Superdry slides further on founder’s return and board walkout
Shares fall more than 11% after Julian Dunkerton forces his way back into the company
Julian Dunkerton rejoins Superdry’s board, triggering a mass exodus of the current management. Photograph: Superdry/PA Wire
Shares in Superdry fell more than 11 per cent on Wednesday after founder Julian Dunkerton narrowly forced his way back into the company, sparking the exit of most of its board members, including top executives.
Analysts said the resignations raised fears of more departures as the company deals with a share price that has dropped 64 per cent over the past year following several profit warnings, the latest in December.
“We would be more concerned if we see further significant departures from the retail board and operational management teams and view the recruitment of a heavyweight chief financial officer as a priority,” Peel Hunt analysts said.
Analysts also said short-term disruptions were inevitable as Mr Dunkerton steadies the ship and starts to enact his recovery plans, which will tack on costs as the company tries to jump-start revenue.
Investec analysts downgraded their recommendation on the stock to “hold” from “buy”, adding that the resignation of all but one board member left the group in a “management and strategic vacuum”.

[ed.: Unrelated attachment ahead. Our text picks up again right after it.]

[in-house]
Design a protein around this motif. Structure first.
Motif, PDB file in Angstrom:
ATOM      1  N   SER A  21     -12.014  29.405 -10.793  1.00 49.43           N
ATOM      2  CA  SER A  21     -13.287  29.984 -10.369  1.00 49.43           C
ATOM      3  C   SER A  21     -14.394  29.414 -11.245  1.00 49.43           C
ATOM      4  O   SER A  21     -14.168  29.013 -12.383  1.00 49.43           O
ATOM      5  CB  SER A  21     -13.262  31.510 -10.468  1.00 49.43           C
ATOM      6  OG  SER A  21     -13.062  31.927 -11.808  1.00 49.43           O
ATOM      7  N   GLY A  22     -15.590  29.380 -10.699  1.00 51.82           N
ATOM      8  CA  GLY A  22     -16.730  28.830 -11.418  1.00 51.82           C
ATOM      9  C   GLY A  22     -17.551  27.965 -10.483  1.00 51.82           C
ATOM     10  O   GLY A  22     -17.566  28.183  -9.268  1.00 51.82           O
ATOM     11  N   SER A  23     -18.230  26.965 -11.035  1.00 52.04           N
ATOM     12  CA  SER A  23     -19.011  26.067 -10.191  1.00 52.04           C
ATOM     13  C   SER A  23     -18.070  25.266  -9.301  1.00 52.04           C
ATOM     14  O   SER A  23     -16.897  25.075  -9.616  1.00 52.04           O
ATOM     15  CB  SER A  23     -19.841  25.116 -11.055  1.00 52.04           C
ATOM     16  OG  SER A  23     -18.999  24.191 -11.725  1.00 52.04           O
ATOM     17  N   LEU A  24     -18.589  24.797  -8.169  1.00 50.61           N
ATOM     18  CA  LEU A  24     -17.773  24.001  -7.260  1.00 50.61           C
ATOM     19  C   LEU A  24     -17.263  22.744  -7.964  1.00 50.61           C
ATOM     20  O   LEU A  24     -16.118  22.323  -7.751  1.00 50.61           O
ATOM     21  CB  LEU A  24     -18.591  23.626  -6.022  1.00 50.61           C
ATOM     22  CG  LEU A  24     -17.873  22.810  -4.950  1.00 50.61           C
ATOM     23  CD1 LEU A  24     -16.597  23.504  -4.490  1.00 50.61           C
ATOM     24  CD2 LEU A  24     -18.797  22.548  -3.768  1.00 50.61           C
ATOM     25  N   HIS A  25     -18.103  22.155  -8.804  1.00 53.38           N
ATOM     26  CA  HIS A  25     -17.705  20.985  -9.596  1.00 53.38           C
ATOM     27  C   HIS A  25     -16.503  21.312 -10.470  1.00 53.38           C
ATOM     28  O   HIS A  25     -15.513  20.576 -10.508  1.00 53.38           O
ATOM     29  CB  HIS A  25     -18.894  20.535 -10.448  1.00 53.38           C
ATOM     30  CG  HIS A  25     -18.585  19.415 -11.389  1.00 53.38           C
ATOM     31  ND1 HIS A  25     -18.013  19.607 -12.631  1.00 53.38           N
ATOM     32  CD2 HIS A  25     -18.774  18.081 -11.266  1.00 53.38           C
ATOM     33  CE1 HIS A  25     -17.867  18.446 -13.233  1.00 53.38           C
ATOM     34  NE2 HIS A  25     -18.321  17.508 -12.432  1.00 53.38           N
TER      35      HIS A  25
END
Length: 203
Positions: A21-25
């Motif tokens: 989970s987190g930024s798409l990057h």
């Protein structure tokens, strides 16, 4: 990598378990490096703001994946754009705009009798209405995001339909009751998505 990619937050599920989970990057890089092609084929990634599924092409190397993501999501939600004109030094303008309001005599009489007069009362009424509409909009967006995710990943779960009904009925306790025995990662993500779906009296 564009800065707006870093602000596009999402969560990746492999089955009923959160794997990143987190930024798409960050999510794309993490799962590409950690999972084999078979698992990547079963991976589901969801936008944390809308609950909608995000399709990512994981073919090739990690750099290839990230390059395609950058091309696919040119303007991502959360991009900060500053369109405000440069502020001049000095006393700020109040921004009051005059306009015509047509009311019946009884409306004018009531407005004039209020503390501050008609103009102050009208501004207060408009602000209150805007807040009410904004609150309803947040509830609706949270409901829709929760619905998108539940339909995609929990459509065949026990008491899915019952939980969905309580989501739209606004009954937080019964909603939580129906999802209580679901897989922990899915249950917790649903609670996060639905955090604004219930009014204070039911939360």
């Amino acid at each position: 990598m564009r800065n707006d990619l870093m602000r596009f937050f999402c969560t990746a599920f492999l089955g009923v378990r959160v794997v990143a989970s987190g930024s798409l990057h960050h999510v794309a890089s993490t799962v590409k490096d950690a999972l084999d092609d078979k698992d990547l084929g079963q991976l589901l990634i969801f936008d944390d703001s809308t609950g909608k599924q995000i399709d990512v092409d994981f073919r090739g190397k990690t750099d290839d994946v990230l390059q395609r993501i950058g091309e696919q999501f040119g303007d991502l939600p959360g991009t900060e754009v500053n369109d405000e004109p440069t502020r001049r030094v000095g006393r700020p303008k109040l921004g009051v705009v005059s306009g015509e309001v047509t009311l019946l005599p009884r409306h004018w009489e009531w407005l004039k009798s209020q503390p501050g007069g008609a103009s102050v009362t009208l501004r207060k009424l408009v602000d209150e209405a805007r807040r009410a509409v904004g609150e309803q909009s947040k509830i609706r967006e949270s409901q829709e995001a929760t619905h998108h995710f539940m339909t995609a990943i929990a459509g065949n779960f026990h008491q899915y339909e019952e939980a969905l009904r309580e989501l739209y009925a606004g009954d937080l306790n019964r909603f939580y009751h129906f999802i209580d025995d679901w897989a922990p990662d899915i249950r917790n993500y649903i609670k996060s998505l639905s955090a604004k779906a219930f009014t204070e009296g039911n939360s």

Shares in the business closed 7.84 per cent weaker on the day.
“The resignation of the entire board of Superdry and its two brokers following co-founder Julian Dunkerton’s narrow victory vote yesterday to return as CEO, monumental as it may be, is really only the tip of the iceberg where necessary change is concerned,” Edison Investment analyst Kate Heseltine said.
Analysts said Superdry would need to provide a clear view of the future to investors.
“From here the hard work begins to turn around the fortunes of this once darling retailer that has seen its sales and profits, and the share price, plummet over the past year,” Ms Heseltine said.
Investec analysts said Superdry had relied heavily on the Christmas season and an over-reliance on hoodies, graphic tees and outerwear, and were skeptical of Mr Dunkerton’s strategy to fix these issues. – Reuters